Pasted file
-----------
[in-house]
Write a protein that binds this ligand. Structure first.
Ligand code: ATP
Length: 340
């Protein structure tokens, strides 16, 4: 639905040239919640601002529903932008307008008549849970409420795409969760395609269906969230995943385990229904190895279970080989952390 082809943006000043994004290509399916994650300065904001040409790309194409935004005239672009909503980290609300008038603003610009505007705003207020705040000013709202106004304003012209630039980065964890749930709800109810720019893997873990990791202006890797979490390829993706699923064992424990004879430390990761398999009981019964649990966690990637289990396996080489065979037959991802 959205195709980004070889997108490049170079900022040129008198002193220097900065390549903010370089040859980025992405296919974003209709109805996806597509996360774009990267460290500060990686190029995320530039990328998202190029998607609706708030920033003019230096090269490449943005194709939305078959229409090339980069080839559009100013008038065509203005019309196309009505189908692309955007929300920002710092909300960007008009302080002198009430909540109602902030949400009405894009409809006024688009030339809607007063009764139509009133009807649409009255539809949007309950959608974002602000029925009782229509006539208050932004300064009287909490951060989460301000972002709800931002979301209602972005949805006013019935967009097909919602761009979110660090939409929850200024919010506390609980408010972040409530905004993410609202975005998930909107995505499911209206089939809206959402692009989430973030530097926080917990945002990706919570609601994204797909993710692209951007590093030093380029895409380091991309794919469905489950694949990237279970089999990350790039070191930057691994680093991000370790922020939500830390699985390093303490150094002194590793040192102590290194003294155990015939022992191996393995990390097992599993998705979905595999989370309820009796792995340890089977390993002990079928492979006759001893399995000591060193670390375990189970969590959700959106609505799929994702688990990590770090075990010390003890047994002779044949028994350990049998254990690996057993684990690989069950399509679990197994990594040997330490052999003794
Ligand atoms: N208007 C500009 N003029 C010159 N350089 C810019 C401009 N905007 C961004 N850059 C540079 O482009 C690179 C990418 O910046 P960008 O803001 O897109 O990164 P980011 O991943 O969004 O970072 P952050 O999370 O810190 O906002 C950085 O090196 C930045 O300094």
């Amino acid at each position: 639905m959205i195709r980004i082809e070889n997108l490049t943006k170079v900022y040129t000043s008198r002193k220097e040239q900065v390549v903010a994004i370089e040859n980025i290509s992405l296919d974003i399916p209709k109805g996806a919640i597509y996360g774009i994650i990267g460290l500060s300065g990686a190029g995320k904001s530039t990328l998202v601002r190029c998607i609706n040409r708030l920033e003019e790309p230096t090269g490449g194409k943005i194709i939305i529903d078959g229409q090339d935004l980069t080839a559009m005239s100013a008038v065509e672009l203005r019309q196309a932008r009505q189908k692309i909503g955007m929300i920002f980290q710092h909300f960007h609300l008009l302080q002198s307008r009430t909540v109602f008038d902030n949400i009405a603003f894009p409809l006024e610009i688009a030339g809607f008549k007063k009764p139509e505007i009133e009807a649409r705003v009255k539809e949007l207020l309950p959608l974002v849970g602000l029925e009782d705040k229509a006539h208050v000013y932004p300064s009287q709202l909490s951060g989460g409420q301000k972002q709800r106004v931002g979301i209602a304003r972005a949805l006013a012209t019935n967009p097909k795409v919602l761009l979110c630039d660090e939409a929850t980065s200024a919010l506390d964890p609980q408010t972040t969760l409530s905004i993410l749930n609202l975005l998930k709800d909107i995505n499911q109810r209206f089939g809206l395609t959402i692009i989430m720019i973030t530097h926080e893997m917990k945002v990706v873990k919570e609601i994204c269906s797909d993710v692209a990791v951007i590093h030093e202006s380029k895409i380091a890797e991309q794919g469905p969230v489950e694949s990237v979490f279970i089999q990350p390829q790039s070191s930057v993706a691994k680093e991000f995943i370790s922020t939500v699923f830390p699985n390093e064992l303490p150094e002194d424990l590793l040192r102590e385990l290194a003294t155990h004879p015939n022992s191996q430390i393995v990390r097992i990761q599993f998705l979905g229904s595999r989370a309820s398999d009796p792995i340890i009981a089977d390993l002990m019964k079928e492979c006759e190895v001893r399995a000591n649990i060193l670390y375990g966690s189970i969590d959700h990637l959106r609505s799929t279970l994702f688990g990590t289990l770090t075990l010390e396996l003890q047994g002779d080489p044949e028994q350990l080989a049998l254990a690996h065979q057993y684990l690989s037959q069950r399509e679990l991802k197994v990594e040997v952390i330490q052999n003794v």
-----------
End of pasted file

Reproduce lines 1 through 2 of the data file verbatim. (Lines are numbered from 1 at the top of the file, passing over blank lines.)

[in-house]
Write a protein that binds this ligand. Structure first.